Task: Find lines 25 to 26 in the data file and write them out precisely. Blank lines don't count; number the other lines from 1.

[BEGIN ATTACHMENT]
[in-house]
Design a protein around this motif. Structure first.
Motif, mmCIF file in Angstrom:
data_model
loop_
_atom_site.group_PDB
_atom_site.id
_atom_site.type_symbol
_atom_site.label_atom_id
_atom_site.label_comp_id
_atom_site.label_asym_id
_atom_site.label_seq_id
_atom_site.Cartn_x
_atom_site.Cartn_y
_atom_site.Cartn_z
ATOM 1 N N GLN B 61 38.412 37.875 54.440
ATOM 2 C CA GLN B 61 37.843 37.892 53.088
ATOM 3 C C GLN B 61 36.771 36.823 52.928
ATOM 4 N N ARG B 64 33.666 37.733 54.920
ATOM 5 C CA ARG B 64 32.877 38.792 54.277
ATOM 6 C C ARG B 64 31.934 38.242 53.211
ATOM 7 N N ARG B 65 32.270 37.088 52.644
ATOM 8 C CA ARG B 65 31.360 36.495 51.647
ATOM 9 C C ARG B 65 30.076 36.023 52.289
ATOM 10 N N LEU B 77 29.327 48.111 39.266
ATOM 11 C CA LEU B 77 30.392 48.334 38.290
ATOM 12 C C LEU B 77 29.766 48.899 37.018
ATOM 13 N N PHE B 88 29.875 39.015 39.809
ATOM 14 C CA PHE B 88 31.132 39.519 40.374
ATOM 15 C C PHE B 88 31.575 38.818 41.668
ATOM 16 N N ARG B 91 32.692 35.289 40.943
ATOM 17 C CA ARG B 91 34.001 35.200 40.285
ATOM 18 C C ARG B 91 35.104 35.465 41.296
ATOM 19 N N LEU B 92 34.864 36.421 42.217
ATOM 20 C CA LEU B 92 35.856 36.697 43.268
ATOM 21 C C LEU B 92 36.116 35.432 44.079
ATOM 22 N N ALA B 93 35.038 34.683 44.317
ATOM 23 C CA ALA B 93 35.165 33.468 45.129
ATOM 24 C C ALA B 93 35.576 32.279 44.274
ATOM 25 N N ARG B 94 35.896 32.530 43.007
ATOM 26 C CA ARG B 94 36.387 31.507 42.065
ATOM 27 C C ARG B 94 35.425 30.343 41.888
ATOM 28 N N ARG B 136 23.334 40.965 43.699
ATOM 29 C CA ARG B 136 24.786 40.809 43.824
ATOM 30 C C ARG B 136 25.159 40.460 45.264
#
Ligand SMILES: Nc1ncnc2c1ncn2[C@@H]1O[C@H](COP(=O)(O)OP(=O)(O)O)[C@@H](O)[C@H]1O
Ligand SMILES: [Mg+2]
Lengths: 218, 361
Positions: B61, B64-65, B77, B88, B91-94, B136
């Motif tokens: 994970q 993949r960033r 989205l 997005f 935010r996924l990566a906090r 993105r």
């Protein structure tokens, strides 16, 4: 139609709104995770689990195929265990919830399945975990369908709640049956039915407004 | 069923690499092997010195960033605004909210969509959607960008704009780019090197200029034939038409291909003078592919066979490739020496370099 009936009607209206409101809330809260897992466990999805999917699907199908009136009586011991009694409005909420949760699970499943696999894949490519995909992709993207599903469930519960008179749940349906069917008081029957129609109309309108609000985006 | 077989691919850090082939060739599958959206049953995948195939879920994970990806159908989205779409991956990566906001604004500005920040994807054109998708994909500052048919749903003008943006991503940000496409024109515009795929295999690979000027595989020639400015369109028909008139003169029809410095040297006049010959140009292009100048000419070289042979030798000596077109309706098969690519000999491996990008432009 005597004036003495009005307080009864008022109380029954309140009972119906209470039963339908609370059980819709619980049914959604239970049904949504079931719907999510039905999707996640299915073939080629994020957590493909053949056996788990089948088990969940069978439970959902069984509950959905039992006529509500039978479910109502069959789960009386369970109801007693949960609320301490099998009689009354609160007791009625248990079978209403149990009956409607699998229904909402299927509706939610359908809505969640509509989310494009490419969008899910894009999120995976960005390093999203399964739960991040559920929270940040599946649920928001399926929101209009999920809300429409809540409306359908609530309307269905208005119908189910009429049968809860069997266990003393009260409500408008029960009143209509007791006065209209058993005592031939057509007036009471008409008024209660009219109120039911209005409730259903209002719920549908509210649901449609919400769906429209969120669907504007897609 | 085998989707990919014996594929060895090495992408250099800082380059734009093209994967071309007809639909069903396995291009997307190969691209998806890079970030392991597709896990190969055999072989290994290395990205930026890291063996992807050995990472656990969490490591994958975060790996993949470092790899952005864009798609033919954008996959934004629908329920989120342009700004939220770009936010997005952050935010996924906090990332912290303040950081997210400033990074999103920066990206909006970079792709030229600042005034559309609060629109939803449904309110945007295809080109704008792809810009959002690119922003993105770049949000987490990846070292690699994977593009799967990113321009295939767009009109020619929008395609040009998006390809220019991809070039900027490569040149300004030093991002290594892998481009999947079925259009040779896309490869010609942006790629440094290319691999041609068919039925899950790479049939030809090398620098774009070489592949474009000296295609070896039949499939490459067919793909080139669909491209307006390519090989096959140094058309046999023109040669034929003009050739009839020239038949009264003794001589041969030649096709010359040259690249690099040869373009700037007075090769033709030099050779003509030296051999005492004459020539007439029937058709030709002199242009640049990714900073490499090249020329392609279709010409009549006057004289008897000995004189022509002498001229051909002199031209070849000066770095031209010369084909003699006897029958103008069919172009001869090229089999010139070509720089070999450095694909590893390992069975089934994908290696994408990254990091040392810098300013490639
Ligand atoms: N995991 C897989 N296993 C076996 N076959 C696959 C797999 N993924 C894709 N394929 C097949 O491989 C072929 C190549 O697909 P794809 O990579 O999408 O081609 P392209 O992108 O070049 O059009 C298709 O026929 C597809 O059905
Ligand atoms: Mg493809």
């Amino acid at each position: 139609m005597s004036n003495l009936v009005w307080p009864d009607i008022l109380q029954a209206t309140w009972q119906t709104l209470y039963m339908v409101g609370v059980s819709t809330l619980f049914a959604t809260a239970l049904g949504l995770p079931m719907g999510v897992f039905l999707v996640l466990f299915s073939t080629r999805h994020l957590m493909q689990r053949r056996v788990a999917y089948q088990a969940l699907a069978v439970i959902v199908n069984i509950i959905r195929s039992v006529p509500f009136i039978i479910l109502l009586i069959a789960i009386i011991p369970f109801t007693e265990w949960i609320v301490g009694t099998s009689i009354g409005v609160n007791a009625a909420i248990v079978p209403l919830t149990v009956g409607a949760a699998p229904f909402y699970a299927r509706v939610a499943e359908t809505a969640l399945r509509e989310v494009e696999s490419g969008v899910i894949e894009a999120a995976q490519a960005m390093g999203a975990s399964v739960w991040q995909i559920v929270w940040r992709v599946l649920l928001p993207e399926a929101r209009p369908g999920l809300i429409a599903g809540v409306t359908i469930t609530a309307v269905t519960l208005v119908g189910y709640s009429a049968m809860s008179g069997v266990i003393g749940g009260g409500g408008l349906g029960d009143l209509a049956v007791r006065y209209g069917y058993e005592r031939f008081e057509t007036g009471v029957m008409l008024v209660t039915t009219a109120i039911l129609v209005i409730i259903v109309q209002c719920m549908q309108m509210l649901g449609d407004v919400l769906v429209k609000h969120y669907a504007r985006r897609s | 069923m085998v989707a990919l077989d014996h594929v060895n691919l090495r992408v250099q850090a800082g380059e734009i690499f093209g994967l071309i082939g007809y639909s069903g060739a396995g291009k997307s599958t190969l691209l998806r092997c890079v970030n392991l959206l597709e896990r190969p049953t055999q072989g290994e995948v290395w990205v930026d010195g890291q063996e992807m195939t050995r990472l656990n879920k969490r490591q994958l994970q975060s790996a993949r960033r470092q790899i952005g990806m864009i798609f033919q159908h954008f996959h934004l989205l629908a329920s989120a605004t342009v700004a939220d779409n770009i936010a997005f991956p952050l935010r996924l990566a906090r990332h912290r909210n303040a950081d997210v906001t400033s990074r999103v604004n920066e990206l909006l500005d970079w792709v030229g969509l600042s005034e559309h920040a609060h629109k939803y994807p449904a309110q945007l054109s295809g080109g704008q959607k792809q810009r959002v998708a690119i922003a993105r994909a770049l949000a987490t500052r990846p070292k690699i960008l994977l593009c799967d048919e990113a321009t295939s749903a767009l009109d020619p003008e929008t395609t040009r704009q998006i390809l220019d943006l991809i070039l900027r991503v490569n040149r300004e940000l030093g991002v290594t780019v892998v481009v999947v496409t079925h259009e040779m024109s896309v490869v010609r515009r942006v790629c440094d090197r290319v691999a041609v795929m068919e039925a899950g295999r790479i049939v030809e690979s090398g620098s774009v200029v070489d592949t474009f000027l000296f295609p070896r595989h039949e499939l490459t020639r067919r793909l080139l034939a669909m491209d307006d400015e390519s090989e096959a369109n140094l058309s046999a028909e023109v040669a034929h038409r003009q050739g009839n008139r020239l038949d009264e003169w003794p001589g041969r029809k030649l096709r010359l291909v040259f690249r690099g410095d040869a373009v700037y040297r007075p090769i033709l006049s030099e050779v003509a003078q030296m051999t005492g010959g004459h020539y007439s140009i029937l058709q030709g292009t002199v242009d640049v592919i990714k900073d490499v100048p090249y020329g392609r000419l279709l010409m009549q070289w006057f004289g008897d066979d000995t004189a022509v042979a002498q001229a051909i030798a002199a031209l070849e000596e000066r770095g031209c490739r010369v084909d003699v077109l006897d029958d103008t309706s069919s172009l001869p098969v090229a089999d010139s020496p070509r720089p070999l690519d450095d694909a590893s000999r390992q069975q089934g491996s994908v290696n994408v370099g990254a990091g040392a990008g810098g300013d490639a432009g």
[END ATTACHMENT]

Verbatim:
ATOM 10 N N LEU B 77 29.327 48.111 39.266
ATOM 11 C CA LEU B 77 30.392 48.334 38.290